In Virginia, title to real property can be transferred from one party to another by executing a grant deed. Use a grant deed to transfer a fee simple interest with minimal covenants of title. The word "grant" typically signifies a grant deed, but it is not a statutory form in Virginia.
Grant deeds offer buyers (grantees) more protection than quitclaim deeds, but less than warranty deeds. A grant deed differs from a quitclaim deed in that the latter offers no warranty of title, and only conveys an interest that the grantor may have in the subject estate. Grant deeds guarantee through implied covenants that the title is free of any encumbrances, and that the grantor holds an interest in the property and is free to convey it.
In addition to meeting all state and local standards for recorded documents, a lawful grant deed includes the grantor's full name, mailing address, and marital status; the consideration given for the transfer; and the grantee's full name, mailing address, marital status, and vesting. Virginia requires each party's name to be underlined or capitalized in the conveyancing instrument for indexing purposes (Va. Code Ann. 17.1-223). Vesting describes how the grantee holds title to the property. Generally, real property is owned in either sole ownership or in co-ownership. For Virginia residential property, the primary methods for holding title are tenancy in common, joint tenancy, and tenancy by entirety. A conveyance of real estate to two or more persons creates a tenancy in common, unless another intention is clearly expressed. A tenancy by entirety is optional for married couples only, and must be explicitly stated (55-20.1, 55-20.2).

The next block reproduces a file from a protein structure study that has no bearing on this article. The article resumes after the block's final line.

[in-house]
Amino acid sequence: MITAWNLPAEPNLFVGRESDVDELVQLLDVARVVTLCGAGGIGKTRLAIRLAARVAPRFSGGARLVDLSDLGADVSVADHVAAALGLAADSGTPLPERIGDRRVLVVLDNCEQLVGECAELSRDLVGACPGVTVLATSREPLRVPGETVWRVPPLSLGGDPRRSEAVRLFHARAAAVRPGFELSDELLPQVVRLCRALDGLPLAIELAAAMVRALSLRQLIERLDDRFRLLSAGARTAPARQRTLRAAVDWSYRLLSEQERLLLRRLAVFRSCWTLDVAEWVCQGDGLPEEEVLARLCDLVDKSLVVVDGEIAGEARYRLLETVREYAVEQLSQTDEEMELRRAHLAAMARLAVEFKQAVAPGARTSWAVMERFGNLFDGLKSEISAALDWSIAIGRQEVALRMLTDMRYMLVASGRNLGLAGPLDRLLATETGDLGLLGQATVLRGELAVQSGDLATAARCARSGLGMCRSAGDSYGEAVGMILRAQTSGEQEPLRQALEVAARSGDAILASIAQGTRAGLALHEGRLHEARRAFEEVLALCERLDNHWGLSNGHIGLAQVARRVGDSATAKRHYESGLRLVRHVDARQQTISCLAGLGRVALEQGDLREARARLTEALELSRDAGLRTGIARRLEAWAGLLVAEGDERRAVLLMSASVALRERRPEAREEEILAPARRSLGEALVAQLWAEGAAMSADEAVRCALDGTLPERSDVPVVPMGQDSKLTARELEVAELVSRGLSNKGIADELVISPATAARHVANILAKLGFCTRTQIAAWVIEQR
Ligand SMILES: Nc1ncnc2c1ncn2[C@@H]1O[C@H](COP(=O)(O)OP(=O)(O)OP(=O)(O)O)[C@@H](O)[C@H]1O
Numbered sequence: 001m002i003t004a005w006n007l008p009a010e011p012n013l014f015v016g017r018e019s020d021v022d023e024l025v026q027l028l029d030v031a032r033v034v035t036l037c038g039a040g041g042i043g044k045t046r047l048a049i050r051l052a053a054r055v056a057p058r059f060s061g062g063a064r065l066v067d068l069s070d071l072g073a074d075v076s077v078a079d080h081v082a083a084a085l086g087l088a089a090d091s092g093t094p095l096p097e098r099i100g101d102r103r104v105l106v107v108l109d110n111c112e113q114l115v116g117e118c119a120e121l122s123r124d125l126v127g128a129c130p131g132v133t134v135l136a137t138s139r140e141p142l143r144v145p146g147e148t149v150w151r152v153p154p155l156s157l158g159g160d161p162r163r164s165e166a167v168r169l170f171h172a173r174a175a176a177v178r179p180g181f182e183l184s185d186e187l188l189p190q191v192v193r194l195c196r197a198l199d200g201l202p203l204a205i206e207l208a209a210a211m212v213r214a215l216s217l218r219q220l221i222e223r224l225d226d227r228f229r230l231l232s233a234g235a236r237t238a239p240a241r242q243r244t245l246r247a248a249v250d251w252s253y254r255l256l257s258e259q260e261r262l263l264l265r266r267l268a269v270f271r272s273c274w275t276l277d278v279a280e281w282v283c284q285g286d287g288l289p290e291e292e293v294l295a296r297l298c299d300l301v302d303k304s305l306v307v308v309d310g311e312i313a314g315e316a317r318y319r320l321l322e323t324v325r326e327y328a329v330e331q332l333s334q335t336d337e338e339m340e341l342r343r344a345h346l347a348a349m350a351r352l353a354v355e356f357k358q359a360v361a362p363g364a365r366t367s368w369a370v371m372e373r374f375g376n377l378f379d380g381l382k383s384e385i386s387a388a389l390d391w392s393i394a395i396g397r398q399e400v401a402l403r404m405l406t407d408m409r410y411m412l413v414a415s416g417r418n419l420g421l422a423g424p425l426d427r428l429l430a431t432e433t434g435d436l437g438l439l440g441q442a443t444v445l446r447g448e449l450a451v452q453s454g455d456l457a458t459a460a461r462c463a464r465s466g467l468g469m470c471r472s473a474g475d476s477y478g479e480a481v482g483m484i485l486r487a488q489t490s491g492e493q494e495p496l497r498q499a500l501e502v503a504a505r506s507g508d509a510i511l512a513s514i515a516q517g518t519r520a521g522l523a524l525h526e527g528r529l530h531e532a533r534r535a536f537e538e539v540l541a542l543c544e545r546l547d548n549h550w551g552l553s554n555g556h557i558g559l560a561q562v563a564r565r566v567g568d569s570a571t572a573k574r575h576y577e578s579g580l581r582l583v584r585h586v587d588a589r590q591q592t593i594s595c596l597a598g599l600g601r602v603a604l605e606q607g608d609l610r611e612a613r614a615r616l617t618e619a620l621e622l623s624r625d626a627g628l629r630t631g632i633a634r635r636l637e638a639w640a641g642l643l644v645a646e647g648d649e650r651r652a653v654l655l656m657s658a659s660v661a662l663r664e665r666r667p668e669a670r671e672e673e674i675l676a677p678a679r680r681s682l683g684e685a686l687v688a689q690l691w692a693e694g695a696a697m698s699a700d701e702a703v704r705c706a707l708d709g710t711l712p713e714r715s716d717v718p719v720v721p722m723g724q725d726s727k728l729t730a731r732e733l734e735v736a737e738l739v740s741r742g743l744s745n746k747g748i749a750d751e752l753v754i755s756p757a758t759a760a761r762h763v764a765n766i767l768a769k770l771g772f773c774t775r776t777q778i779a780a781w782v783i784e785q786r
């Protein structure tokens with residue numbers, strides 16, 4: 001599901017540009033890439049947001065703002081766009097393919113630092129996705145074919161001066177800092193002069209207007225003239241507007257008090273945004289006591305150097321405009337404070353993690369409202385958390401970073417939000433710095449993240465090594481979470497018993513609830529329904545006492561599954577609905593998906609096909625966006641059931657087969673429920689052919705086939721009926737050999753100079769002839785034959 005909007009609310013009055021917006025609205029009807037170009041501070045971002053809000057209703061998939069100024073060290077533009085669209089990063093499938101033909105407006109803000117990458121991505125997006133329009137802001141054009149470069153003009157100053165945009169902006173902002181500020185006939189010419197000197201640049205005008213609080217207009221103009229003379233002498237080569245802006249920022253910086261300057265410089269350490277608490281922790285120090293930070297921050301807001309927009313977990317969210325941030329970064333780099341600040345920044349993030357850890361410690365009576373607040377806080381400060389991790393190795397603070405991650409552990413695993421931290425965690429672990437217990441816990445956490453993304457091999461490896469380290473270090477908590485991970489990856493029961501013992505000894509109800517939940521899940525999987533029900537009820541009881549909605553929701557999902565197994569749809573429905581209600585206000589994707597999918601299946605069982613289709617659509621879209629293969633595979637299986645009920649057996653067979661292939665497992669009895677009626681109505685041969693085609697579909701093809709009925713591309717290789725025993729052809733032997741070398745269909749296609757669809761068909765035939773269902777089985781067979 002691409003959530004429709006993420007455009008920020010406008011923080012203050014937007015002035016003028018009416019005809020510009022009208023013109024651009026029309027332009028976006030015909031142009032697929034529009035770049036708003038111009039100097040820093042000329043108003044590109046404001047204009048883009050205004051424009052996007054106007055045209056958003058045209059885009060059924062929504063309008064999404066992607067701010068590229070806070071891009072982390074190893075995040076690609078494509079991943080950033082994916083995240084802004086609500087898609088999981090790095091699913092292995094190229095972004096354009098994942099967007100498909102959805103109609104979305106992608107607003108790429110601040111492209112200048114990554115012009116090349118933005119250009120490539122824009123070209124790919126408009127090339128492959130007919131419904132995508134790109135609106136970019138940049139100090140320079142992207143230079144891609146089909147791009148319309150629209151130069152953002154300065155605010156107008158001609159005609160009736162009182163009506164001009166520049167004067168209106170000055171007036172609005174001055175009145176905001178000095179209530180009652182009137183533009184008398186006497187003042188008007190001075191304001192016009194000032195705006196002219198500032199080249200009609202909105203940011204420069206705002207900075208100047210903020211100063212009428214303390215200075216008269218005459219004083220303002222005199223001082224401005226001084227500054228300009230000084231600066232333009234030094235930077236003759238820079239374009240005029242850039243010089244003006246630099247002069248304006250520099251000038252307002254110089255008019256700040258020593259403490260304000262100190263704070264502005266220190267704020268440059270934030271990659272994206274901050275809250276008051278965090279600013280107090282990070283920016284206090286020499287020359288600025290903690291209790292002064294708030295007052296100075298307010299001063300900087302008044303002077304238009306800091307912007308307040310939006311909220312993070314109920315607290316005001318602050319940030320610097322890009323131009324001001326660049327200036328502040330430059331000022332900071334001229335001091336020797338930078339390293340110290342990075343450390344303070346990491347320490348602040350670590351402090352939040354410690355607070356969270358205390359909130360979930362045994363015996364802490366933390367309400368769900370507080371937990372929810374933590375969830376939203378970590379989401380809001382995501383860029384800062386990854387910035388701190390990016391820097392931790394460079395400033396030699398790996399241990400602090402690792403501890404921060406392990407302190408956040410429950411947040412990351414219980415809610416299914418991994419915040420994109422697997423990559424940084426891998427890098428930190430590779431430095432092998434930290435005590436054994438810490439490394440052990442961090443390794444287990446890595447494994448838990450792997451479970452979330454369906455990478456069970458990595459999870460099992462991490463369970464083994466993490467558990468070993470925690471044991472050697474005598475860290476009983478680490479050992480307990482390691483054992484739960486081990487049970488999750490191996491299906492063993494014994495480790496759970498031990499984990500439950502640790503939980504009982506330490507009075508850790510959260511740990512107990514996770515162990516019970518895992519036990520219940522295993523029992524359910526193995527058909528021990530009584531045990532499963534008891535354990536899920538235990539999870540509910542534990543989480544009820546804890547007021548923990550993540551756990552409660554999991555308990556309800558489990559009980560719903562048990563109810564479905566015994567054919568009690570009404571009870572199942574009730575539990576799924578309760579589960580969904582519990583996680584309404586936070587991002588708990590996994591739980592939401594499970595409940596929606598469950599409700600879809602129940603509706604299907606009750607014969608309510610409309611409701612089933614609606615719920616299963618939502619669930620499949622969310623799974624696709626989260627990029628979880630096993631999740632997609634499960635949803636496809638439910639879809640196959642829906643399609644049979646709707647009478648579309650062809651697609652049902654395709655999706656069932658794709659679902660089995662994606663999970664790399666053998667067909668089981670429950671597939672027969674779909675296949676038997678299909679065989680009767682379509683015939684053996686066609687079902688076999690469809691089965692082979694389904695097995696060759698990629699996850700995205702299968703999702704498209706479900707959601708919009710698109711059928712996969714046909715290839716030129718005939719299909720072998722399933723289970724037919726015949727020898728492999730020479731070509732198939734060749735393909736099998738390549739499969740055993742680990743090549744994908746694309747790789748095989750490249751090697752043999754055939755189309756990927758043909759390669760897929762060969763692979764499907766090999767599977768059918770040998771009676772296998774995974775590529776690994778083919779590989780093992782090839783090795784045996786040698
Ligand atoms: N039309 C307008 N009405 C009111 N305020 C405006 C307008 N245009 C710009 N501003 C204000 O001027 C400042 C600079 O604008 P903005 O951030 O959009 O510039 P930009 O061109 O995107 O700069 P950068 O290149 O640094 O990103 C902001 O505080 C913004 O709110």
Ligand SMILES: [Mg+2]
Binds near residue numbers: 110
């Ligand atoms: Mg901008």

As with any conveyance of realty, a grant deed requires a complete legal description of the parcel. Recite the prior deed reference to maintain a clear chain of title, and detail any restrictions associated with the property. The finished copy of the deed must be signed by the grantor (and his or her spouse, if applicable) and notarized. Record the original completed deed, along with any additional materials, at the circuit court clerk's office of the independent city or county where the property is located. Contact the same office to verify recording fees and accepted forms of payment.
In Virginia, a state recordation tax is levied at the rate of 25 cents on every $100.00 of the consideration or the actual value of the property conveyed, whichever is greater (58.1-801). If the deed is exempt from the recordation tax, the exemption must be listed on the face of the instrument. A list of exemptions can be found at 58.1-811.
A Land Recorder's cover sheet is required to accompany deeds in certain Virginia counties. The form may be generated online to produce a scanning barcode. Contact the appropriate circuit court clerk for information regarding use of cover sheets.
This article is provided for informational purposes only and is not a substitute for the advice of an attorney. Contact a Virginia lawyer with any questions related to the transfer of real property.
Deeds.com Virginia Grant Deed Forms Have Been Updated as Recently as Monday May 21, 2018